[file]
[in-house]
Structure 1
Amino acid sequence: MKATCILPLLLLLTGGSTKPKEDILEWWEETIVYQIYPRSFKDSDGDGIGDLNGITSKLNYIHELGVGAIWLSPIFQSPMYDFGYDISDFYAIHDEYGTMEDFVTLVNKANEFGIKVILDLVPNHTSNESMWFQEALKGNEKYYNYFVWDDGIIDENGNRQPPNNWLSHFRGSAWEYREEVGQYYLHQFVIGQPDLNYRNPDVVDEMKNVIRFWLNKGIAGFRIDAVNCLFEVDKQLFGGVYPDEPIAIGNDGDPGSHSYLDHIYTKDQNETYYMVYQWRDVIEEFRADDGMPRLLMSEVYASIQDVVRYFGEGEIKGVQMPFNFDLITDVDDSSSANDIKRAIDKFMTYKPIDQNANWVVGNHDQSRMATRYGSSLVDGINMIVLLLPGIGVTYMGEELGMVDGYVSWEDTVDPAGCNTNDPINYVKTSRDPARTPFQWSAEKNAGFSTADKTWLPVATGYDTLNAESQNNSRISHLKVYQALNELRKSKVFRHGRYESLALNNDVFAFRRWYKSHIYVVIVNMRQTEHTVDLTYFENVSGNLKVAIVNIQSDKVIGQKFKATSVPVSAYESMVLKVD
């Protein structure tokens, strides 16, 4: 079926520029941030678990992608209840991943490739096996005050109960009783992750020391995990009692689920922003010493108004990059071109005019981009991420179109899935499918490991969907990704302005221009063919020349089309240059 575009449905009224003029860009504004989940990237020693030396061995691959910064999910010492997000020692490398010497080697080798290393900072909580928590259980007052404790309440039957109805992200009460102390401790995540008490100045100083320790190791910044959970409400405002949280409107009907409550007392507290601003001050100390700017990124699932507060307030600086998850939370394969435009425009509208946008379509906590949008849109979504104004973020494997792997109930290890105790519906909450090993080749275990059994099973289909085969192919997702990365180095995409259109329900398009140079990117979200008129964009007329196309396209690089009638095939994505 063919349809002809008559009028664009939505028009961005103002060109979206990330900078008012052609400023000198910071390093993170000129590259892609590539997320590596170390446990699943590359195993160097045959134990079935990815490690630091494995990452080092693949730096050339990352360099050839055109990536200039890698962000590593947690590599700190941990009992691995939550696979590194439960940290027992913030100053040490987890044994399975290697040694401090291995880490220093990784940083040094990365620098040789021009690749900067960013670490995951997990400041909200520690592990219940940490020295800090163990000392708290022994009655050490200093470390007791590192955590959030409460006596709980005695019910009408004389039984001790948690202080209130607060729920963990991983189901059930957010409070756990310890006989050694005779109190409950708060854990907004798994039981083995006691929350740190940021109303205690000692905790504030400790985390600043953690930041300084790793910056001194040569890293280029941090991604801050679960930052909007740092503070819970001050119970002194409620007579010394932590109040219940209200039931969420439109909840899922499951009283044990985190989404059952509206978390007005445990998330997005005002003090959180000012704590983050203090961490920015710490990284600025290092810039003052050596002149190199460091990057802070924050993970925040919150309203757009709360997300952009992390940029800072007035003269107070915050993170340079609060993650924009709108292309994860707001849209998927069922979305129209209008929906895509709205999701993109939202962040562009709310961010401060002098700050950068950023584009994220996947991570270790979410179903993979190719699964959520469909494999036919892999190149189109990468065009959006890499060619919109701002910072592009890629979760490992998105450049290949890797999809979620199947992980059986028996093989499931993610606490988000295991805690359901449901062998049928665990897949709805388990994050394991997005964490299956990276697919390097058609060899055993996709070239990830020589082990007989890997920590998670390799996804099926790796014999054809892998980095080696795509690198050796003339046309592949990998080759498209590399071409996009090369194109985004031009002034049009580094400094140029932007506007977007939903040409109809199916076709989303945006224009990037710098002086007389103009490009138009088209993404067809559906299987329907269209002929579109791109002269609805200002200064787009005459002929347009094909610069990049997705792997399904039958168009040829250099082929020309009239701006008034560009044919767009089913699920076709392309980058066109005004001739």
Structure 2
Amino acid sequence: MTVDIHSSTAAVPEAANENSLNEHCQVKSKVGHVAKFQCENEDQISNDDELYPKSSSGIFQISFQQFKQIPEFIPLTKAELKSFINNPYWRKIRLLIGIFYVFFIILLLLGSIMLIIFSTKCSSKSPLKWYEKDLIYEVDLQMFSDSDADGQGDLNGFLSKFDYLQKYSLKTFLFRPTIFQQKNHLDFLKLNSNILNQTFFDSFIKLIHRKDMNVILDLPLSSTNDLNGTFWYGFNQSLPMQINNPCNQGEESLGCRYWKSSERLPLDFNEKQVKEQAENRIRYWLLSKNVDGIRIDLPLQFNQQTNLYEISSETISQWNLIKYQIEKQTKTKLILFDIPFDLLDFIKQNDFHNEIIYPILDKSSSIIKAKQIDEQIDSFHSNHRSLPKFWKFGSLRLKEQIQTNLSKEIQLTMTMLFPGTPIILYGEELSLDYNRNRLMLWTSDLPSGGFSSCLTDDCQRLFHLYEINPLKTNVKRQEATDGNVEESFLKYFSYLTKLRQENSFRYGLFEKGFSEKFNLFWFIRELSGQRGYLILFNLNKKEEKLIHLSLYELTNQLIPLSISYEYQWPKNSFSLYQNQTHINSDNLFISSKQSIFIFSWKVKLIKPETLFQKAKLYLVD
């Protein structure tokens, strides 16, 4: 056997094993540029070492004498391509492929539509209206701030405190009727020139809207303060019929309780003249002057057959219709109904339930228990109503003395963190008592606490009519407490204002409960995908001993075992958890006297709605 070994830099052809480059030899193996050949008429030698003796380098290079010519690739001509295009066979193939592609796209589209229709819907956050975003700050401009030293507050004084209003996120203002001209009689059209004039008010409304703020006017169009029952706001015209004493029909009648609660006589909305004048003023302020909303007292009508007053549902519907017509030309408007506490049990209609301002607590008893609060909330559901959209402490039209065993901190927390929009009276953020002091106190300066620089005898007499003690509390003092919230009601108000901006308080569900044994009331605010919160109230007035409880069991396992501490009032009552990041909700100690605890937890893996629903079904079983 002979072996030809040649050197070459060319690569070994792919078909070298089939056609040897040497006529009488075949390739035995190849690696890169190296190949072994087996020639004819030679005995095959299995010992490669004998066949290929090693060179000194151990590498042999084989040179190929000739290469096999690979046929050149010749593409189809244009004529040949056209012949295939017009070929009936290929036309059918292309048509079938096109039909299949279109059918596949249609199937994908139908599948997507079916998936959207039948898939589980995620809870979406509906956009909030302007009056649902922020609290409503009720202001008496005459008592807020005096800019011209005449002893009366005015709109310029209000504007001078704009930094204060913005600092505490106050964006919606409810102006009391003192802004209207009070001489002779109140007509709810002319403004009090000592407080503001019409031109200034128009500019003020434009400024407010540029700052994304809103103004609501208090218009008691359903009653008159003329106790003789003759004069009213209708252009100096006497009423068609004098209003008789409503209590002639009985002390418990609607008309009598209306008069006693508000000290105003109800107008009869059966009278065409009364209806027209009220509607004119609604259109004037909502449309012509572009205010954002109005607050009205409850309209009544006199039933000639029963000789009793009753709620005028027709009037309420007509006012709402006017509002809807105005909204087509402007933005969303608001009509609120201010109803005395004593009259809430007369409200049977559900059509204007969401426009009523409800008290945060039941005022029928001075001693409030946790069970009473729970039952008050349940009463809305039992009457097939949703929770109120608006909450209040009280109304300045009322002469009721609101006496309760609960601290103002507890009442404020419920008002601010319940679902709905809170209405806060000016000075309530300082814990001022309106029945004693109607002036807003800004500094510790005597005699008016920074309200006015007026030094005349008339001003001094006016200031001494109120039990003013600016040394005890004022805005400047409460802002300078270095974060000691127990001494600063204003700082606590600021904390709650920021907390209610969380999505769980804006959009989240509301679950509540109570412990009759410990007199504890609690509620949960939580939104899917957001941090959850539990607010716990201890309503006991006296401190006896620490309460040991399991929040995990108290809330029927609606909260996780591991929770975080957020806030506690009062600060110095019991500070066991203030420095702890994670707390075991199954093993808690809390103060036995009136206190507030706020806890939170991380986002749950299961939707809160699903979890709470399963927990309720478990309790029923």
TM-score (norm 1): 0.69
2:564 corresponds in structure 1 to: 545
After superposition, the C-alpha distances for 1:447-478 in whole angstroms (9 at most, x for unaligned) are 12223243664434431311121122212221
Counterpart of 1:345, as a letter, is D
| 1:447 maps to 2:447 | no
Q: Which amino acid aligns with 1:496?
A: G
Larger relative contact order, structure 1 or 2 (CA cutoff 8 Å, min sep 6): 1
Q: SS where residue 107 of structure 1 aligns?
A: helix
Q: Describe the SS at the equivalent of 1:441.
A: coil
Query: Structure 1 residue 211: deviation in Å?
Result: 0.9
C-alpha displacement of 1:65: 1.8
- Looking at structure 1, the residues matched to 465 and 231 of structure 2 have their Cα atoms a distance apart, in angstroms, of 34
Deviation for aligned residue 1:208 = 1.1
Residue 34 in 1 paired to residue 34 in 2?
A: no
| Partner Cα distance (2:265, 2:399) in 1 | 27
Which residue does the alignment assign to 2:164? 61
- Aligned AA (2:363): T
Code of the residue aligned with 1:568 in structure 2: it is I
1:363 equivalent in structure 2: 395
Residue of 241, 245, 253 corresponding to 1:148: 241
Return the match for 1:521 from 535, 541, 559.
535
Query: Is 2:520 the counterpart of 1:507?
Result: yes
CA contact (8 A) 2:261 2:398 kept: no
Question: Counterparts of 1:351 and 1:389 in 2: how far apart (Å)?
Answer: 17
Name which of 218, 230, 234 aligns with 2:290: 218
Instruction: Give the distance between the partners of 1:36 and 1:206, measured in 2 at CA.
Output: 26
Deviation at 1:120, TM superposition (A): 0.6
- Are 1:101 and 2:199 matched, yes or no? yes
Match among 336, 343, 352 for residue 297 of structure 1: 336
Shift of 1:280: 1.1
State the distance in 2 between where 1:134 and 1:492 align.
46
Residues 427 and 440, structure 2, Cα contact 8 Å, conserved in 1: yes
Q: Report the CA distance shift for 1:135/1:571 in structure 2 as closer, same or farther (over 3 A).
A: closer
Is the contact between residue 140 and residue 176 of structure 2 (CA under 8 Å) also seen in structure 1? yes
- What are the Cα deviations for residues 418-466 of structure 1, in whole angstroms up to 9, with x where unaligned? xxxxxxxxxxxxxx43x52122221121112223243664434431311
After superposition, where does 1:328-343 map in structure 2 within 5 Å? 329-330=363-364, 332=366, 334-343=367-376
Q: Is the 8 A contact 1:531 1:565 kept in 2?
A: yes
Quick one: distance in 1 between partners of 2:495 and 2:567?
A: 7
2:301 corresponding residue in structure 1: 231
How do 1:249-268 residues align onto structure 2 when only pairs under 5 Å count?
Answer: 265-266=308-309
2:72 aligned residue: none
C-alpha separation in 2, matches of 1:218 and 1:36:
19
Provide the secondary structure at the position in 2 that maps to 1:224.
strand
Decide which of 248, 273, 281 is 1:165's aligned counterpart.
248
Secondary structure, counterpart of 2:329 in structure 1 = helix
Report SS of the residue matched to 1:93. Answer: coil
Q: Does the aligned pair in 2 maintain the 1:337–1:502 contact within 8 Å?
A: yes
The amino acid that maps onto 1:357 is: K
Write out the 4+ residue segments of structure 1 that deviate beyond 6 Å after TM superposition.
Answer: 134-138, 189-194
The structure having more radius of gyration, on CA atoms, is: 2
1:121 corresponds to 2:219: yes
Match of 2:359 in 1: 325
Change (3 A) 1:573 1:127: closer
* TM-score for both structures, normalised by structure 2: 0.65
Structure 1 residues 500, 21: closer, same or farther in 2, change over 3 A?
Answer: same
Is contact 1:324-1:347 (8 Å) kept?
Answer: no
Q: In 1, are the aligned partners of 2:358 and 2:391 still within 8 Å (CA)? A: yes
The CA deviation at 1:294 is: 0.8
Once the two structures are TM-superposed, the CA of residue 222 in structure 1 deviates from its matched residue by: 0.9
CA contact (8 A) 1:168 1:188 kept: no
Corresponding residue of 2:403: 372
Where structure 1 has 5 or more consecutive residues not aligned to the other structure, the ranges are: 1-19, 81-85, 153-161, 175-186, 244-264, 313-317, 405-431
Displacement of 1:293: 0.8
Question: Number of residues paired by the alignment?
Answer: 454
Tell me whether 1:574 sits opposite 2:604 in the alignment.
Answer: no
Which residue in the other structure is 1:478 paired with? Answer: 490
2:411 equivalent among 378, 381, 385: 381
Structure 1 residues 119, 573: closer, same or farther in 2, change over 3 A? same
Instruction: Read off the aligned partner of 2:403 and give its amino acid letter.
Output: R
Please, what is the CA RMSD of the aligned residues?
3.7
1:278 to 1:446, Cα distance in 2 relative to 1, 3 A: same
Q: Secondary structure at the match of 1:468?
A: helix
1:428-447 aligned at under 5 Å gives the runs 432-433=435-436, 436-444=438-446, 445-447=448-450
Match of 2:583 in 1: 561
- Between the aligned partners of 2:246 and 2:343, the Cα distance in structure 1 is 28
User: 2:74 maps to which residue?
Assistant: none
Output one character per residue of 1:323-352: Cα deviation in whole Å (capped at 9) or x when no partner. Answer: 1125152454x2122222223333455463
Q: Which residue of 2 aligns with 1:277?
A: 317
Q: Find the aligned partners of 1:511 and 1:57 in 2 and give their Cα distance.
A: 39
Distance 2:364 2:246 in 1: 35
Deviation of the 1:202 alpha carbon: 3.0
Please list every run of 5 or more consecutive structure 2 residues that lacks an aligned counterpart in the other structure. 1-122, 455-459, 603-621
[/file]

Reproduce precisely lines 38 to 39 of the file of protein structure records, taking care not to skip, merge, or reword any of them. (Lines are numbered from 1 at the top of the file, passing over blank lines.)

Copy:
Question: Counterparts of 1:351 and 1:389 in 2: how far apart (Å)?
Answer: 17